Why Quantum Computing is not a threat… yet.

Though the math is hard the concept of Quantum Mechanics is easily graspable by most intelligent individuals.  The key is realizing that what you think of as reality isn’t really very real at all, and is instead the product of your observation.

The classic case is of course Schrödinger’s cat where the cat is either alive or dead based on a quantum state that theoretically can not be known until you measure it at which time it’s resolved in a binary fashion.  The cat is either alive OR dead.

Of course common sense tells you that any cat you keep locked up in a box since 1935 is pretty surely dead, but quantum mechanics is designed for the study of very small and ephemeral items like photons at which it has amazingly useful predictive value.

Now that’s all very well and good, but what has physicists scratching their heads is the asymmetry of the forces we see working on a large scale, like cats for instance, and the distinct lack of anti-cats (cats made of anti-matter) when at a quantum level there is no reason to favor one over the other.

Another puzzler is that in the Standard Model (that’s why the Higg’s Boson is such a big deal is that it confirms the Standard Model) Quantum Entities are most often created in pairs and it is possible to infer the value of one member of such a pair by examining the other regardless of the distance between them.

Yup, faster than the speed of light.

Now one of the interesting limitations of modern computers is that they use electrons to store and process information and electrons, while fast, are no faster than light speed.  The late great Grace Hooper used to carry around 11.8 in lengths of copper wire to illustrate how far a nanosecond was.  If you read the specifications of RAM a speed of 8 or 9 nanoseconds (which is pretty gosh darn fast actually) means an electron can travel no more than about 8 feet.

Quantum computing erases that speed limit (in addition to some other wackier things like storing information in several dimensional states instead of a simple binary on/off condition).

In any event the NSA has been experimenting with quantum computing in the hopes of solving the most difficult encryption available in reasonable amounts of time instead of some point after the heat death of the Universe.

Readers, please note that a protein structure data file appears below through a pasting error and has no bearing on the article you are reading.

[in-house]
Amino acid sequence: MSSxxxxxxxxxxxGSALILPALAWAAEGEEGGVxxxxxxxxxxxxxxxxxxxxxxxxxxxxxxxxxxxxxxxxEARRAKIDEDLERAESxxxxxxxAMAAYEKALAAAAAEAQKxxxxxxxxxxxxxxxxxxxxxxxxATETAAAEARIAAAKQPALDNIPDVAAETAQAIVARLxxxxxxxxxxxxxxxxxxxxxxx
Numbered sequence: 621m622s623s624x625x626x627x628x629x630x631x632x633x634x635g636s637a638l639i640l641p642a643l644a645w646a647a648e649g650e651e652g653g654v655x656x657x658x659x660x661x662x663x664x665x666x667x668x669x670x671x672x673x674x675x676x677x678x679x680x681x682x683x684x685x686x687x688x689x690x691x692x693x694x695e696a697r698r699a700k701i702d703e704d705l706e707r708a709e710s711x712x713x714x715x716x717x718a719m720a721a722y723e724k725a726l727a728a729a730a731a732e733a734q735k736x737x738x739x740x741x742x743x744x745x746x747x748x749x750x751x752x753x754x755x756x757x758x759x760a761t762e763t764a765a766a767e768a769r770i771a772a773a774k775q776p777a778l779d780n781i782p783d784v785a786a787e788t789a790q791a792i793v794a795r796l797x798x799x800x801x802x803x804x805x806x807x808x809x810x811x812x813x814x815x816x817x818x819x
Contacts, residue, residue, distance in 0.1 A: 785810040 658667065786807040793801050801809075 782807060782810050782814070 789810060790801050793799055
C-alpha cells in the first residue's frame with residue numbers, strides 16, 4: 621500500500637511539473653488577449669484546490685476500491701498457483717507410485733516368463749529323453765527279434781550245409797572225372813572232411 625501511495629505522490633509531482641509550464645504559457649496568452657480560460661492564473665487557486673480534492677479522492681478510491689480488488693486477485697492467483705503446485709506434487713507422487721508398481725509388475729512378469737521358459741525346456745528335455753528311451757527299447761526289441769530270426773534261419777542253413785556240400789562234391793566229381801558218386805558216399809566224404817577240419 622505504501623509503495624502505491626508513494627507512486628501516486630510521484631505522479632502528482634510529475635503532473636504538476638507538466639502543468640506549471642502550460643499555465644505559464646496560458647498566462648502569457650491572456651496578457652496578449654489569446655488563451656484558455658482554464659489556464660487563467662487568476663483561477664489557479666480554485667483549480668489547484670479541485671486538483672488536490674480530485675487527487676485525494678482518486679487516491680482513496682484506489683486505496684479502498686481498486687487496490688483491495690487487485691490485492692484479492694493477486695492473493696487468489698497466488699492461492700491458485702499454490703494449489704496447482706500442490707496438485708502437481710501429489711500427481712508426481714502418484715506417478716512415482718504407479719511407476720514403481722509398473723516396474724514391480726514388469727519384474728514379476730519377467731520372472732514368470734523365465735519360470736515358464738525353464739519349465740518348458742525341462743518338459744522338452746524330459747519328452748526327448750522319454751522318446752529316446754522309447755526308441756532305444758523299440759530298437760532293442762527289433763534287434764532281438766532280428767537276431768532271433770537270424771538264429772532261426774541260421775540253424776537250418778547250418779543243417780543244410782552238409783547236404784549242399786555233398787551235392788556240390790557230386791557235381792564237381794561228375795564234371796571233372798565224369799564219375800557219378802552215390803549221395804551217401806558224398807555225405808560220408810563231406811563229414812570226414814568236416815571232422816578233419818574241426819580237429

Despite the scary title the good news from this report is that they haven’t gotten much farther along than anyone else.

NSA seeks to build quantum computer that could crack most types of encryption

By Steven Rich and Barton Gellman, Washinton Post

Thursday, January 2, 4:24 PM

The development of a quantum computer has long been a goal of many in the scientific community, with revolutionary implications for fields like medicine as well as for the NSA’s code-breaking mission. With such technology, all forms of public key encryption would be broken, including those used on many secure Web sites as well as the type used to protect state secrets.

Physicists and computer scientists have long speculated whether the NSA’s efforts are more advanced than those of the best civilian labs. Although the full extent of the agency’s research remains unknown, the documents provided by Snowden suggest that the NSA is no closer to success than others in the scientific community.

Quantum computing is so difficult to attain because of the fragile nature of such computers. In theory, the building blocks of such a computer might include individual atoms, photons or electrons. To maintain the quantum nature of the computer, these particles would need to be carefully isolated from their external environments.

“Quantum computers are extremely delicate, so if you don’t protect them from their environment, then the computation will be useless,” said Daniel Lidar, a professor of electrical engineering and the director of the Center for Quantum Information Science and Technology at the University of Southern California.

This is of course due to their quantum nature.  Once someone, anyone, looks at the cat they’re either alive or dead.

1 comment

  1. ek hornbeck

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